Even while I wish to approach it in that way, I can state my point of view that I regard it as mean and contemptible, this idea of trying to force a man to forswear his views and adopt an outward conformity by threatening his wife and children with starvation, by telling him that the emigrant ship is the place for him. I call that the meanest type of coercion. It does not get you anywhere. You will never compel or purchase loyalty that way, aid the loyalty of people whose loyalty you can buy in that particular way, is not worth anything. You will not gain your ends by that means. Reason and appeal to the difficulties of the situation are going to get you much further in that way than coercion.
I have indicated fairly clearly my mind. I regard it as very bad from the point of view of the spirit of our people and from the point of view of the moral character of our people to be forcing declarations of this kind. It is bound to injure a man when he has, so to speak, to debase himself, when he has to give a formal denial of the principles he holds at heart. It is not a good lesson for our people. The general national interest and the character of our people as a whole are bound to be affected by measures of this kind, and I appeal to all Deputies to combine in this case, and not make a Party question of it, if possible. Let it be by agreement, and let this thing be taken out. Let it be dealt with just as we had a reconsideration of the position of teachers and of the position of the dismissed and resigned R.I.C.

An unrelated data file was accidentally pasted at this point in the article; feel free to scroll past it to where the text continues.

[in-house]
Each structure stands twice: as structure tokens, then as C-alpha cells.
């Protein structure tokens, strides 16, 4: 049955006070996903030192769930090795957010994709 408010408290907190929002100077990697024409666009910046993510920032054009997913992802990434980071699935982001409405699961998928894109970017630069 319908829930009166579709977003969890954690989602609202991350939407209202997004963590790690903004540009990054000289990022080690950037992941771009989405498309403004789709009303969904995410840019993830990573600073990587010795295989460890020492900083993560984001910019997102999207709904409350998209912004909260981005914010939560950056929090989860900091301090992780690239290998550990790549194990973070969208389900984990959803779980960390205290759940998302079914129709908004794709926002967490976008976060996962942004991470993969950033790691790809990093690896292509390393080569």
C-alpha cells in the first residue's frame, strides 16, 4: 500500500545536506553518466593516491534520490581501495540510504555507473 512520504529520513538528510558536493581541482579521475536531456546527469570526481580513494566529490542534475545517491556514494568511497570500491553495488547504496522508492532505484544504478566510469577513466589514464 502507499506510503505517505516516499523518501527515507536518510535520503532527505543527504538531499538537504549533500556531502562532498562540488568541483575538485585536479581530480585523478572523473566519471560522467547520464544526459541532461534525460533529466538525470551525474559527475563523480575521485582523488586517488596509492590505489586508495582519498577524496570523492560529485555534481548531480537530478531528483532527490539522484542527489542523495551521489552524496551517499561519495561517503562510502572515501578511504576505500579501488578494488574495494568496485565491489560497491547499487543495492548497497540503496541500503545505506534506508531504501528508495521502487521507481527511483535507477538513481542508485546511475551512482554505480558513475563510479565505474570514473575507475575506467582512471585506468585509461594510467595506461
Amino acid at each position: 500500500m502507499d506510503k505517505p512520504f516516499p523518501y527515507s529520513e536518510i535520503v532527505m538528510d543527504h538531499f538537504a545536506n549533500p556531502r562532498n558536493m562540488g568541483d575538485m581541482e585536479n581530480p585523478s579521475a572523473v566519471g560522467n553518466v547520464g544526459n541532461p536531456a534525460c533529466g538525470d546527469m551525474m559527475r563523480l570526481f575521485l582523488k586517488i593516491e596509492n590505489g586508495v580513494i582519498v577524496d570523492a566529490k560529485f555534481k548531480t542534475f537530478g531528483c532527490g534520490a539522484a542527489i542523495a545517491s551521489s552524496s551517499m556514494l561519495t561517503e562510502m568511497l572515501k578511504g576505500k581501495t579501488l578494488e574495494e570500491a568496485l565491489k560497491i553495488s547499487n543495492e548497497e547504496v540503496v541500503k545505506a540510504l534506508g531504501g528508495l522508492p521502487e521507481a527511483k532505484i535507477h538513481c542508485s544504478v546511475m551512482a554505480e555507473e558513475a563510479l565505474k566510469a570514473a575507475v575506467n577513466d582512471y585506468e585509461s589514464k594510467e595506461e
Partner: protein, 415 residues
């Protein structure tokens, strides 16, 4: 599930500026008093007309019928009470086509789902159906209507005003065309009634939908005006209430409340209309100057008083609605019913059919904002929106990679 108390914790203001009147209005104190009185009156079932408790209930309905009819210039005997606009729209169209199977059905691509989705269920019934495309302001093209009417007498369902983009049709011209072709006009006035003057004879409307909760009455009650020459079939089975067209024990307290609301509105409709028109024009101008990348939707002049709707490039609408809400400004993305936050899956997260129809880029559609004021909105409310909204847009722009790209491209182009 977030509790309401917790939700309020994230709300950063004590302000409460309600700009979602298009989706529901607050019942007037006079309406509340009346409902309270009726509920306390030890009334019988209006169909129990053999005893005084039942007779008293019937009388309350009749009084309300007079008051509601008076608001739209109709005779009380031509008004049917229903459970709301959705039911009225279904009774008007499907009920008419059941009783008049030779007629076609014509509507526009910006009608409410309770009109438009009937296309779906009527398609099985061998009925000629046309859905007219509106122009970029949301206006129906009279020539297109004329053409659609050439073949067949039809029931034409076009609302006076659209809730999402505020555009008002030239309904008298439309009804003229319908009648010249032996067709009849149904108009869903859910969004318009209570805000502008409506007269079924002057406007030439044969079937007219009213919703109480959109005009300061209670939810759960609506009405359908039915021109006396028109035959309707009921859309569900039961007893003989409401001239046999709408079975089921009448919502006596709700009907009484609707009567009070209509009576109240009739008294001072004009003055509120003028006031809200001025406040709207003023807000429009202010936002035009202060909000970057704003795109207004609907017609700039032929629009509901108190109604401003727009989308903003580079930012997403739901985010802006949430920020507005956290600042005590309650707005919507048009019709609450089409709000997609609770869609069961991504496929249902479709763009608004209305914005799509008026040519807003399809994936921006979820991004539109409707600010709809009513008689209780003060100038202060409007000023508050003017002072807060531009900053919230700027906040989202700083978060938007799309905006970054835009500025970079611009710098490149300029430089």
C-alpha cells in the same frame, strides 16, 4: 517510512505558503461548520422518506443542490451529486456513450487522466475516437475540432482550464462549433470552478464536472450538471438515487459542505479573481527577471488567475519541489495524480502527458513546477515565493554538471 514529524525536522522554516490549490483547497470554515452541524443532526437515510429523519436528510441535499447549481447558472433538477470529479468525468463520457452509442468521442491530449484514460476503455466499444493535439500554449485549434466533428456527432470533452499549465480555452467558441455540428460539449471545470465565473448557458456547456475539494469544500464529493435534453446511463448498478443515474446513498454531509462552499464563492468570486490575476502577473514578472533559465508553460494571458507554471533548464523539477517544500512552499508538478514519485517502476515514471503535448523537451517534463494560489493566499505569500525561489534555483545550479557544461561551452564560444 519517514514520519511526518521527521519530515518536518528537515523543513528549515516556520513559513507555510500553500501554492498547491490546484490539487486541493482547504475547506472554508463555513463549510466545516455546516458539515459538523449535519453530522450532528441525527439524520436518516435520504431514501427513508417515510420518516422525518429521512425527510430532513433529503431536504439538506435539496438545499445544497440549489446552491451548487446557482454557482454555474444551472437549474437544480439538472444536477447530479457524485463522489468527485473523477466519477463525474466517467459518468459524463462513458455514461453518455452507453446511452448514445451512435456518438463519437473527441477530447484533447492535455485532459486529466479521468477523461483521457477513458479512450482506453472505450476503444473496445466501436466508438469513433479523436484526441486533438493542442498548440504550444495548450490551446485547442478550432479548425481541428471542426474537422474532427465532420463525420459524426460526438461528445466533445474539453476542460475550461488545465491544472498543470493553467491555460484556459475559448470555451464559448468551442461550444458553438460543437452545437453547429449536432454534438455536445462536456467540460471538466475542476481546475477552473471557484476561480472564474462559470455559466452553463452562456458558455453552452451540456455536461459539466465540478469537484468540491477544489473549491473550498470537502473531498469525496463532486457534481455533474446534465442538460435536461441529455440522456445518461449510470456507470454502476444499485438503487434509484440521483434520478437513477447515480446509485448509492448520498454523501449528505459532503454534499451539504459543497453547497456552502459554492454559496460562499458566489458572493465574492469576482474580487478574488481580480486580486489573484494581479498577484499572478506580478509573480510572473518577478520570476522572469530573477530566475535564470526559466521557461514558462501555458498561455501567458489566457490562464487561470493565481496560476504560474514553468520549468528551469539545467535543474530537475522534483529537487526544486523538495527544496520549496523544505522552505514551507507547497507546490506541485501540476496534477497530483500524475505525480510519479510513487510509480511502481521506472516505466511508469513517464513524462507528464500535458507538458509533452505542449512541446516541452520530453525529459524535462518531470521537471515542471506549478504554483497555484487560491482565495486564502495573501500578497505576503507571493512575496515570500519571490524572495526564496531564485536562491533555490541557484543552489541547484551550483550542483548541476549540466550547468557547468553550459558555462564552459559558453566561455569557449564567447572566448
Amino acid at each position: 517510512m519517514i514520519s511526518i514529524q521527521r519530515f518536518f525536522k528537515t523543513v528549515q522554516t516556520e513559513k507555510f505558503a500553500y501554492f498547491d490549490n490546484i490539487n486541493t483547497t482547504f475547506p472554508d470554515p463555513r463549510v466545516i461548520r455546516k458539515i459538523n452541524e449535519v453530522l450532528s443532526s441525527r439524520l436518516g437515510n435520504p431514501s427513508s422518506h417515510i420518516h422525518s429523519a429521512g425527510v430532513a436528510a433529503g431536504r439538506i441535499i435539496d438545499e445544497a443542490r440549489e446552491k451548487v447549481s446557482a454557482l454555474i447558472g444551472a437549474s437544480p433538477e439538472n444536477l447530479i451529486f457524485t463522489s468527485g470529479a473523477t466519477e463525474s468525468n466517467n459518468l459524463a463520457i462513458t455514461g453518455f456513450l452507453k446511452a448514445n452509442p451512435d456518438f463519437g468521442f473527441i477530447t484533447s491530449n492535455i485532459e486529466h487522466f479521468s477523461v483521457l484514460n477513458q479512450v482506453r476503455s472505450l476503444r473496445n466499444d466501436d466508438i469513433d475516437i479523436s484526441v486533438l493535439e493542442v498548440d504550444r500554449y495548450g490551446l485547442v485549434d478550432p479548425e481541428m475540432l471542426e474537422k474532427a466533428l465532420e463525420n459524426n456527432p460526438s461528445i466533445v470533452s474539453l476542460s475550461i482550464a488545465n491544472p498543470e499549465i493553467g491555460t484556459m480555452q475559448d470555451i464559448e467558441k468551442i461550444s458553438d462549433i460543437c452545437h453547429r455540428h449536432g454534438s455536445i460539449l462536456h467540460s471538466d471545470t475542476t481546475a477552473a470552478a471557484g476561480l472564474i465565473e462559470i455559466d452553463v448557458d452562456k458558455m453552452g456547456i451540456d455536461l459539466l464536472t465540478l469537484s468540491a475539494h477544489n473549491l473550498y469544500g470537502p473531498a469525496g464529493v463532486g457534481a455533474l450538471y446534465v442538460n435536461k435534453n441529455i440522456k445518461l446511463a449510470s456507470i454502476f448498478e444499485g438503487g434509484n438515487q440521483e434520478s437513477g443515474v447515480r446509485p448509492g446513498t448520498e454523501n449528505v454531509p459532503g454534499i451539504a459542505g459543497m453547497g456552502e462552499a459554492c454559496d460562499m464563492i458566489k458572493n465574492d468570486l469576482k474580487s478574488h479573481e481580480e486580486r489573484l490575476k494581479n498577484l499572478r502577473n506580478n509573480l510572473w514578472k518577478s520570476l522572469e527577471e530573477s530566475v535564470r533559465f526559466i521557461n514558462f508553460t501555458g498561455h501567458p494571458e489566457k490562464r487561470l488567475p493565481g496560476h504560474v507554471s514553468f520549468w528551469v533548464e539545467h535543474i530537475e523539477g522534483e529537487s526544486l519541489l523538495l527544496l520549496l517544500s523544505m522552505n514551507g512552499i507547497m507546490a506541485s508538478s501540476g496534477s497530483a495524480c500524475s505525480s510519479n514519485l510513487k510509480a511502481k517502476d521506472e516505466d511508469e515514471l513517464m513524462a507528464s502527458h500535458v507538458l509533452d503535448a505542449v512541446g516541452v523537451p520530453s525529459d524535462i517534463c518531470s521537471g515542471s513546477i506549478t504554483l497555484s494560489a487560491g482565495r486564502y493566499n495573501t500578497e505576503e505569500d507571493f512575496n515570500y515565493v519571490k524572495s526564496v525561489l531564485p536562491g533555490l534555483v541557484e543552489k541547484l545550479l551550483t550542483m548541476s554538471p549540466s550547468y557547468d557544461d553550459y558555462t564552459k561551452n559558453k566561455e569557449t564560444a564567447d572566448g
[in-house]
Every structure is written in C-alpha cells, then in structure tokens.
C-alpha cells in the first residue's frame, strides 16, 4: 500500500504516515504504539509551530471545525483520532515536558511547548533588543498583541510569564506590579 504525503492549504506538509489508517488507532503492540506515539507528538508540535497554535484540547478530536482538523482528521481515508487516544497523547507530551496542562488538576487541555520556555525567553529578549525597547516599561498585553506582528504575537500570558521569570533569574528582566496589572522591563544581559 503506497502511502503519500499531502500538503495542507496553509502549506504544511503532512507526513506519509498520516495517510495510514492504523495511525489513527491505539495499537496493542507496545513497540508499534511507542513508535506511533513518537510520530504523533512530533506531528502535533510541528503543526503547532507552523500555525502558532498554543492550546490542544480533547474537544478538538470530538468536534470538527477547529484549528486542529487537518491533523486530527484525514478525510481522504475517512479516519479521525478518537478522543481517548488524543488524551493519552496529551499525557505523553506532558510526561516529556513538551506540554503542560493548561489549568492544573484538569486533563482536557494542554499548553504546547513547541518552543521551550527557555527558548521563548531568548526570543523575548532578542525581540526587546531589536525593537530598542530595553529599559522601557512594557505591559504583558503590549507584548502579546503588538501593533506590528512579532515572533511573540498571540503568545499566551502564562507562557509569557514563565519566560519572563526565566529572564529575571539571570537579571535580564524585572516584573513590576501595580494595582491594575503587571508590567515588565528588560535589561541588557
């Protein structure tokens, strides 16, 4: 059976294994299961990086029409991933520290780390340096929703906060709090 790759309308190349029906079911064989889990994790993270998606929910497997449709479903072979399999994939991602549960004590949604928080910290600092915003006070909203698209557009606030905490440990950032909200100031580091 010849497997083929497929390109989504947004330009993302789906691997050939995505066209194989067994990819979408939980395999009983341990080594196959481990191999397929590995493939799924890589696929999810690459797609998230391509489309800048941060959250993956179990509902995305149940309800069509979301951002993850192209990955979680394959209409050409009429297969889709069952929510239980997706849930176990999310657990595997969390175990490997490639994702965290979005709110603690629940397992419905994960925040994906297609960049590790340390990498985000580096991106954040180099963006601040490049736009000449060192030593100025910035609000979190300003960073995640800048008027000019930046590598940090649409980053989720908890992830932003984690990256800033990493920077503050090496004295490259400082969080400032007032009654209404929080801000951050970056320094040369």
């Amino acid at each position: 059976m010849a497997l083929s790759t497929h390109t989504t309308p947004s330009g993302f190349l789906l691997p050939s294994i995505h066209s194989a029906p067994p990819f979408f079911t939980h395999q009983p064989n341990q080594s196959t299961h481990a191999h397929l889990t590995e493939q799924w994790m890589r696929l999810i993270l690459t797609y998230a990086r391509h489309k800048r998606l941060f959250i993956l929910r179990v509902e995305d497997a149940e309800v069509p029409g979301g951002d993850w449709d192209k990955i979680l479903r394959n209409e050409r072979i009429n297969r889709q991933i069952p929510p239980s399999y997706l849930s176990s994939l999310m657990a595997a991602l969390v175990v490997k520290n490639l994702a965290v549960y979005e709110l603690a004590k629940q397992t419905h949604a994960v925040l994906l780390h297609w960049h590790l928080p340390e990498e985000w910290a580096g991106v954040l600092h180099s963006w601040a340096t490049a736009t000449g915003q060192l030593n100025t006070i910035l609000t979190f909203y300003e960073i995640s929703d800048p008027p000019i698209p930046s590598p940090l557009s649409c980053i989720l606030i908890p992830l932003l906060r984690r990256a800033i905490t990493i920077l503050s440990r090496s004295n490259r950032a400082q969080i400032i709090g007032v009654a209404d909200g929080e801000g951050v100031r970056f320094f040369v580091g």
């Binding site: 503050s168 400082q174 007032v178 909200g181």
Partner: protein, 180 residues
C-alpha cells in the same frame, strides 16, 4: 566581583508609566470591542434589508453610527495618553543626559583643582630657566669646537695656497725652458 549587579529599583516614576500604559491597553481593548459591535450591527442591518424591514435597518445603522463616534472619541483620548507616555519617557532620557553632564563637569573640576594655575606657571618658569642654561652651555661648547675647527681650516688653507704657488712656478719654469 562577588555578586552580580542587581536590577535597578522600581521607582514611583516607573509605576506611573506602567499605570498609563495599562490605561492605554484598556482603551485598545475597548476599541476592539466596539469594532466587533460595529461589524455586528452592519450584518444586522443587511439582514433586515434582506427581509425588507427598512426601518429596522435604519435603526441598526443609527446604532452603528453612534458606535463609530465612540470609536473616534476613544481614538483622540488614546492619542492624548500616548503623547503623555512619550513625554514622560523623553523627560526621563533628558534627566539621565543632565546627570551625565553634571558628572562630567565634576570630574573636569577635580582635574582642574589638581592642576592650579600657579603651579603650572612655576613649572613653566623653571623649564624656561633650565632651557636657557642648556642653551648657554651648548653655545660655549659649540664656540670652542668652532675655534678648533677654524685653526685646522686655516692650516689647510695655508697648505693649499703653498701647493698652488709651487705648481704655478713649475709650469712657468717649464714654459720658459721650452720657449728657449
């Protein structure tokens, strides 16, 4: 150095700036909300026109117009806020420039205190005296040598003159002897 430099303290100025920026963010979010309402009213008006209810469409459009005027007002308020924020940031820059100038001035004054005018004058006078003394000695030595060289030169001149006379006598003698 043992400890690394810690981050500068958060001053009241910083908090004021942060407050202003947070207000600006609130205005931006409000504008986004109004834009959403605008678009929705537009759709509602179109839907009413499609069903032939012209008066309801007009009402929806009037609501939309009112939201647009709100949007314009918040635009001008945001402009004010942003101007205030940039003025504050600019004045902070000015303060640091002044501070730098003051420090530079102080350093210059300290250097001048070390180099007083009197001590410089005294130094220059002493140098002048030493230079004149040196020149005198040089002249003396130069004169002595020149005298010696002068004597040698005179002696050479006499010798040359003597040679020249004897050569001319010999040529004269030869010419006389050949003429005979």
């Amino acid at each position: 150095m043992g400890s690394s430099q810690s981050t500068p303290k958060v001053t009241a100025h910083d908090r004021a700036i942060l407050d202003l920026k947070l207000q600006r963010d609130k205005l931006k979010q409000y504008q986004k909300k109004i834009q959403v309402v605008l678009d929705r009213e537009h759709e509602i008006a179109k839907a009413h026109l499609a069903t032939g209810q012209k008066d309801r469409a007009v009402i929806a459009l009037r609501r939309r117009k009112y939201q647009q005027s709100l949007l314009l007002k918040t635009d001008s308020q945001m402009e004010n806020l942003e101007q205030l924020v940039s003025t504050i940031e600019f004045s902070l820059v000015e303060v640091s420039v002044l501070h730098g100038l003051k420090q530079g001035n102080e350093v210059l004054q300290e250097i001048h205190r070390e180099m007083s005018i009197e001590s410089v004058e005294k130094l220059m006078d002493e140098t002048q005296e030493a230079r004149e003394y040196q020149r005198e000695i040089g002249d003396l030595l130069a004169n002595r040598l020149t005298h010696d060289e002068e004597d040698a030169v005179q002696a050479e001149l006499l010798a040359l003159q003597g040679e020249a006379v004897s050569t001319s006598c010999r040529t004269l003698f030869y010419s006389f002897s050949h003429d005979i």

I cannot help regarding this matter, irrespective of how clearly I see the point of view of those who try to impose it, otherwise than I have stated. I understand clearly what their motives were, and what the impulse in their minds was. I must regard this as mean, and any people who descended to do it were giving way to the meanest instincts in them. It is not worthy of any government in any country to do a thing of that kind. It simply means that you are going to divide your people into two classes— those who are outlaws and those who are otherwise, and you will find, as the elections proved, that this is not a case of dealing with a handful, but with, no matter what the circumstances were, at least one-third of our people who have shown in the most difficult circumstances that they were opposed to this policy, and that they do not like it. You are continuing the old bad British traditions of trying to get loyalty by coercion. I do not think it will succeed. It is most unwise, and I ask the House without further talk to give this Bill a Second Reading, and delete that section from the Act.